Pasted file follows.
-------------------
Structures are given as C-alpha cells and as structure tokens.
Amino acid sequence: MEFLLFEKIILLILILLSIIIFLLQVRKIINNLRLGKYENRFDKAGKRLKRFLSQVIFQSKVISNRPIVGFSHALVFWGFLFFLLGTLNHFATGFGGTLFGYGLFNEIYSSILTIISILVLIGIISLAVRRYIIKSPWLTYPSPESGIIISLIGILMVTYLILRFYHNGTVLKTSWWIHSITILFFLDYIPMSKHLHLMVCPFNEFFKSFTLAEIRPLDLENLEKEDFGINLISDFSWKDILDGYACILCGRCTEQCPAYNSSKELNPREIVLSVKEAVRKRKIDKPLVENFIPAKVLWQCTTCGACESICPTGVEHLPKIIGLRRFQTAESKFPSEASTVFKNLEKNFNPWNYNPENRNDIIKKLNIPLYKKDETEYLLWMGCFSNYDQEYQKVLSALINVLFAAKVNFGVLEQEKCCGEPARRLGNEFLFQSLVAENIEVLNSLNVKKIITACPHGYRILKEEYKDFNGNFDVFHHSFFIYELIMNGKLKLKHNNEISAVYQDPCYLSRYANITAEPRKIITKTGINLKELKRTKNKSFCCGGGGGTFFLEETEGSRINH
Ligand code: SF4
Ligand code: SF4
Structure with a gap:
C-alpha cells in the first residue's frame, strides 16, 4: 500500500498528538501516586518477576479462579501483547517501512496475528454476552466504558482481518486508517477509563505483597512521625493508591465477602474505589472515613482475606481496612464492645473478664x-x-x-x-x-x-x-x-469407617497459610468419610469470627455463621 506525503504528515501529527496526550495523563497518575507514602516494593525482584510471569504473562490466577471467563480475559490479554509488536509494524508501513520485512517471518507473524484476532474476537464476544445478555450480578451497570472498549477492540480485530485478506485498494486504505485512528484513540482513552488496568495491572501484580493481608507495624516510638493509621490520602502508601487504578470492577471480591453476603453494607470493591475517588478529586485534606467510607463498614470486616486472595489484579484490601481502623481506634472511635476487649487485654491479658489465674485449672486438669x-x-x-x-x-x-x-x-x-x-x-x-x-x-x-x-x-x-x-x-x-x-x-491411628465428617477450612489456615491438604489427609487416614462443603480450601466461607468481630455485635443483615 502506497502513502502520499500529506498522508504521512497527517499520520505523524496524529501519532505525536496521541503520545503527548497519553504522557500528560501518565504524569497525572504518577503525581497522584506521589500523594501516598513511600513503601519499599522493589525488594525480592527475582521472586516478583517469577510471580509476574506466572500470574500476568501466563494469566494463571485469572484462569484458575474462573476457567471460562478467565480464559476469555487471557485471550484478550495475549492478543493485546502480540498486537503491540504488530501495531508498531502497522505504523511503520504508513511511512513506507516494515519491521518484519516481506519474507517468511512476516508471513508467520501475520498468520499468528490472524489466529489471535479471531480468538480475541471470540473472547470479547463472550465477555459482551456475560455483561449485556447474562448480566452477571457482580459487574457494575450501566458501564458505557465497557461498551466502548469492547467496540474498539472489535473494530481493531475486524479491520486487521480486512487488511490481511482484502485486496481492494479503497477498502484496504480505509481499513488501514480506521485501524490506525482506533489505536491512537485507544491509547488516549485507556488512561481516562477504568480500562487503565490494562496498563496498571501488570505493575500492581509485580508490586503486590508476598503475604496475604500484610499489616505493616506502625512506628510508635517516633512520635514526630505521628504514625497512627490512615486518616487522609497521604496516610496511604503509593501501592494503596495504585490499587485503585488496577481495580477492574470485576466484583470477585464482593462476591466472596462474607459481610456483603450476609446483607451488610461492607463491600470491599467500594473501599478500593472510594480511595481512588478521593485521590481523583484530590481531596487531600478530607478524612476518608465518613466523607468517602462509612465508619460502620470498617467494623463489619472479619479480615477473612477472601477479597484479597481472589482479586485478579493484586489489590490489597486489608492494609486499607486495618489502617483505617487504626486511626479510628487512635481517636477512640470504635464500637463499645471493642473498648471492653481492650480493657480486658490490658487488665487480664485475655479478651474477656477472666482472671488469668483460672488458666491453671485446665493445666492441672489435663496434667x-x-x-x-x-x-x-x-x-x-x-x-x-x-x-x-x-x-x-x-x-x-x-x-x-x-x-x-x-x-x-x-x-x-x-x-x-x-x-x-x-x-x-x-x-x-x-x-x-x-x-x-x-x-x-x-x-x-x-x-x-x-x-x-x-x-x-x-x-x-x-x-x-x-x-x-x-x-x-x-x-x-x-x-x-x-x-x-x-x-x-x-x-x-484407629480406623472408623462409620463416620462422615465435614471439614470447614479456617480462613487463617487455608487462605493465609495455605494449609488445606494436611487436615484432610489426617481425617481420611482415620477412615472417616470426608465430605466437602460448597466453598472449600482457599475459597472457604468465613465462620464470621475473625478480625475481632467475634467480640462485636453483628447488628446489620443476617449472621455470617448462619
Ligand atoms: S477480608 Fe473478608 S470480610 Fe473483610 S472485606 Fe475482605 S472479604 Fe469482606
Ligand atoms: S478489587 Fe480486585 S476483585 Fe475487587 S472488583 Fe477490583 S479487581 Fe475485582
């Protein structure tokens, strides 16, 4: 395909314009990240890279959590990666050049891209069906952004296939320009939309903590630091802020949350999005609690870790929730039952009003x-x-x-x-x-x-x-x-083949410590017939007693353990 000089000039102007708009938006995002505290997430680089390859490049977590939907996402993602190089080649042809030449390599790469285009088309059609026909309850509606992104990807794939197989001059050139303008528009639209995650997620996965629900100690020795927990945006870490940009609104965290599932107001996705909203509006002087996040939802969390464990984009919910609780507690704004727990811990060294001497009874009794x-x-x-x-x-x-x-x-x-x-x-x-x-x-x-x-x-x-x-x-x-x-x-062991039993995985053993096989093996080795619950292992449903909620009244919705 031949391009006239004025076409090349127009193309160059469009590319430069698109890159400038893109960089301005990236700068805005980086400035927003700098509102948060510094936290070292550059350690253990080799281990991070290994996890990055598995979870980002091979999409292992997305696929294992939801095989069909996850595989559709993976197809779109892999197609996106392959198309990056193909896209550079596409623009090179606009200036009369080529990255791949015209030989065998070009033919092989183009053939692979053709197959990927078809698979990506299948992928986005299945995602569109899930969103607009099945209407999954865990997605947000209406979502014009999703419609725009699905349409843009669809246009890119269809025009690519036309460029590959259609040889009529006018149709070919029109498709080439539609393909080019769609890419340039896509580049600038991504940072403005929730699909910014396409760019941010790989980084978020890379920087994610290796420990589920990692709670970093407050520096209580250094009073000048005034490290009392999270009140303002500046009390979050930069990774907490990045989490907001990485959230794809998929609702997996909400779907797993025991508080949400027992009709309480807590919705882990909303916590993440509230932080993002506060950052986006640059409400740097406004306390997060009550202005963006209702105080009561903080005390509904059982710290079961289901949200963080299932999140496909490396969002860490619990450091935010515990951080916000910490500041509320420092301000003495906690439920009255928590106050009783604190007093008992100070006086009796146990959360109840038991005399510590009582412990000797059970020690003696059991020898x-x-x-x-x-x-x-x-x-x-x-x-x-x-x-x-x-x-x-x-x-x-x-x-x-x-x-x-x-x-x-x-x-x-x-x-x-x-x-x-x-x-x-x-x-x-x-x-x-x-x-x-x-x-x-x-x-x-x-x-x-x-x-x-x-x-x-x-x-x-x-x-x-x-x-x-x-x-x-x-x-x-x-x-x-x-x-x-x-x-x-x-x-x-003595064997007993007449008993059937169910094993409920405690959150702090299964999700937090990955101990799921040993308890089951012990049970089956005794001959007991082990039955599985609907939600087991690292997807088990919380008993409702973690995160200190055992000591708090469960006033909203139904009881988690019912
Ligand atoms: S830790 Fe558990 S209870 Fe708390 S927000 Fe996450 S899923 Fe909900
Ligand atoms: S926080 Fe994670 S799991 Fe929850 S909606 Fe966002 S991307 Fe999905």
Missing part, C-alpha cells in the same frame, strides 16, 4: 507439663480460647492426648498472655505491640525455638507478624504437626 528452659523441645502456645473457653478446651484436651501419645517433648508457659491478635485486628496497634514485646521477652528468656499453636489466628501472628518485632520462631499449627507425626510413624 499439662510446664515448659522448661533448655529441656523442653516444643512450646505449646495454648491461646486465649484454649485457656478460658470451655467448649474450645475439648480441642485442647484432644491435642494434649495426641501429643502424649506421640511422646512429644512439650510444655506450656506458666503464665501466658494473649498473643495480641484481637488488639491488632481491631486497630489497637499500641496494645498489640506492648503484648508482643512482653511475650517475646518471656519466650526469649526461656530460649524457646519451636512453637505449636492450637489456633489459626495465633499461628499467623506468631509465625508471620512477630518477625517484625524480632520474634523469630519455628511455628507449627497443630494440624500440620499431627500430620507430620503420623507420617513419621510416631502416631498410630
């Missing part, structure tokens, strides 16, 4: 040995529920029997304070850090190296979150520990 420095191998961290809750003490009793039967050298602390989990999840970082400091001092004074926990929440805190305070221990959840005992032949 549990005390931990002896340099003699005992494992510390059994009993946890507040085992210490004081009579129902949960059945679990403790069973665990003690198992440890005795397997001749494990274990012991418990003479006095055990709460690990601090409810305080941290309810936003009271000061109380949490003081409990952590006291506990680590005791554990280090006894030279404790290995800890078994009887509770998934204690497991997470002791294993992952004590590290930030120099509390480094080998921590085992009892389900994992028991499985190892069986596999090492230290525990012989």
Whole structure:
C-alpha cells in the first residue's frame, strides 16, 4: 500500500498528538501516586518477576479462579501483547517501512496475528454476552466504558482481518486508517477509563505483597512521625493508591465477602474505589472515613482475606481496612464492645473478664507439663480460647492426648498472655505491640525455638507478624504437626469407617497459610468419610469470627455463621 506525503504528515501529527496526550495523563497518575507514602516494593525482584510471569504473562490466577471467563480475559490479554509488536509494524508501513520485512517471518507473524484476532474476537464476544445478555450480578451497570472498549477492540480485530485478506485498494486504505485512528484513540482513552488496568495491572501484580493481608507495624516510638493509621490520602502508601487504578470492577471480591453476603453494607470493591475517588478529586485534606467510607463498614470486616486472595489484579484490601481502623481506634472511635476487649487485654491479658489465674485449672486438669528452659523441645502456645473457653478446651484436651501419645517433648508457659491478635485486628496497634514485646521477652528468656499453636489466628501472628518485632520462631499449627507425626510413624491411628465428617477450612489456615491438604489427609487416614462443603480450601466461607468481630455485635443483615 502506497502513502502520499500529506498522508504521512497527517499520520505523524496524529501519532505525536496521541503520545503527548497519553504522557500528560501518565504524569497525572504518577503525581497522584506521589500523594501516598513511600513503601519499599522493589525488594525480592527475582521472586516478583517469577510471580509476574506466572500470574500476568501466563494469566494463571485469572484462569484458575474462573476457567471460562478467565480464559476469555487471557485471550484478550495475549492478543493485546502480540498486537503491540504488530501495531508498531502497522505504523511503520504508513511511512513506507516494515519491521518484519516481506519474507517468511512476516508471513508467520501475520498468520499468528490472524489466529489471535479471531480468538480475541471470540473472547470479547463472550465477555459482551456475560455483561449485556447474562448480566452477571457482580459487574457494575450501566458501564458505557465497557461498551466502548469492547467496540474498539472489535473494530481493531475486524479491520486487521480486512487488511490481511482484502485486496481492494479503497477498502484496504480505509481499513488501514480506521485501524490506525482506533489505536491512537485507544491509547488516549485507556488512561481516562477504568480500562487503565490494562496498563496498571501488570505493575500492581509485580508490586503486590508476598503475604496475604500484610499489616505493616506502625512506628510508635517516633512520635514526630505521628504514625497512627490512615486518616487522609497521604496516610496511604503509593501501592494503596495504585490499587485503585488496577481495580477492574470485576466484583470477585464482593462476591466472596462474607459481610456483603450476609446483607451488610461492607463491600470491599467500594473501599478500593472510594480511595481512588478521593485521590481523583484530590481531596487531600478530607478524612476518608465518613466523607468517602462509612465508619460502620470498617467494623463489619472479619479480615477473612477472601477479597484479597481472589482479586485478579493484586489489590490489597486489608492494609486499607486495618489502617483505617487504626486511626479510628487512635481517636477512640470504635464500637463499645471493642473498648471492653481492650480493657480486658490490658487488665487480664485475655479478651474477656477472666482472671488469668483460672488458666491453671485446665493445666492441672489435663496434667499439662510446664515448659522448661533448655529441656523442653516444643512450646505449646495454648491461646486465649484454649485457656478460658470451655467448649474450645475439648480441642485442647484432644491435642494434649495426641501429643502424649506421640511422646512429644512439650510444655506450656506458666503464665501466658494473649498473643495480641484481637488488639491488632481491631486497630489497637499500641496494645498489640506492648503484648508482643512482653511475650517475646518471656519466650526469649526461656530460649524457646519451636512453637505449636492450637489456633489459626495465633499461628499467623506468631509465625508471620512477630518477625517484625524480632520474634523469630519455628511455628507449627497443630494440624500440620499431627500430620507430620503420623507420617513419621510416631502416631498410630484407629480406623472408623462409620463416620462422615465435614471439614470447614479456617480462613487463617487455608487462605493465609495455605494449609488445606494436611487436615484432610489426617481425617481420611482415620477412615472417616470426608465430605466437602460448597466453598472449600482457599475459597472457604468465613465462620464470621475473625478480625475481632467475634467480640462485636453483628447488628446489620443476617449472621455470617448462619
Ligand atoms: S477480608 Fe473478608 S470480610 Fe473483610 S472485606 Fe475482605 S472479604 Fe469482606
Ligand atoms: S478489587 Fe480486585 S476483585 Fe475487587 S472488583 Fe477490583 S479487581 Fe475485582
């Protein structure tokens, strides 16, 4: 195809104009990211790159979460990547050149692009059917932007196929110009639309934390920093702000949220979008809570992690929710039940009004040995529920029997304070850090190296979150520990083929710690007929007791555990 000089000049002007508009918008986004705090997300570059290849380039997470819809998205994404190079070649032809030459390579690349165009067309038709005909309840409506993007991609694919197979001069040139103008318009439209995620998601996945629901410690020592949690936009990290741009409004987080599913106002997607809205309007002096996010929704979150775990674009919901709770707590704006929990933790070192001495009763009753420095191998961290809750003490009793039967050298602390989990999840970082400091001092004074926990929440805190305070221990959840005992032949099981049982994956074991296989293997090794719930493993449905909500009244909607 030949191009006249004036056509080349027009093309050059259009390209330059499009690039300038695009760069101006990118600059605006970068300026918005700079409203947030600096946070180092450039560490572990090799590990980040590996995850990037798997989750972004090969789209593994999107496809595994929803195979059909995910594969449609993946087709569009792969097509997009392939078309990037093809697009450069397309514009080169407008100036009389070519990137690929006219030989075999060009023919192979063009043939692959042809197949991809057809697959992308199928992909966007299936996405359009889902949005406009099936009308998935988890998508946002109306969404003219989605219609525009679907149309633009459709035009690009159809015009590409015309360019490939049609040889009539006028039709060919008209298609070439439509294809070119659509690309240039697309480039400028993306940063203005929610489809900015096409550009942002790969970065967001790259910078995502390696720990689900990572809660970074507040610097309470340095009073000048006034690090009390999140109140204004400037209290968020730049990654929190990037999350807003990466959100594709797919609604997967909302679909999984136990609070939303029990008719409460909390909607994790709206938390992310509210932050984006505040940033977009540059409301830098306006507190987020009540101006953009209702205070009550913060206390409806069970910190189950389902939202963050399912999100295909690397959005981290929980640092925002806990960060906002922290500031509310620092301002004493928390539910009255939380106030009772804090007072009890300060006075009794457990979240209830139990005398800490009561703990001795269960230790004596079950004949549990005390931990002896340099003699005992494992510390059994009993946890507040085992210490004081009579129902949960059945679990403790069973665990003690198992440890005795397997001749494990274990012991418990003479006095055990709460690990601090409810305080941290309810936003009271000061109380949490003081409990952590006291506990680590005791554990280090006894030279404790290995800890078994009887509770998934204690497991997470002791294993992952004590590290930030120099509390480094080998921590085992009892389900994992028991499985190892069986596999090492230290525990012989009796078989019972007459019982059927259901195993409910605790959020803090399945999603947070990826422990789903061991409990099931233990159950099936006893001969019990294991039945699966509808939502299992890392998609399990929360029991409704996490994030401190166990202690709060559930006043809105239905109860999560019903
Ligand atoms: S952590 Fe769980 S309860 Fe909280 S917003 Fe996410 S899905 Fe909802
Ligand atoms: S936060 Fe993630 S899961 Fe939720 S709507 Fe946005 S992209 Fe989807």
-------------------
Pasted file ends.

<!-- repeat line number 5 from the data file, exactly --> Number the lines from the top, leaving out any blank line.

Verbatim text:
Structure with a gap: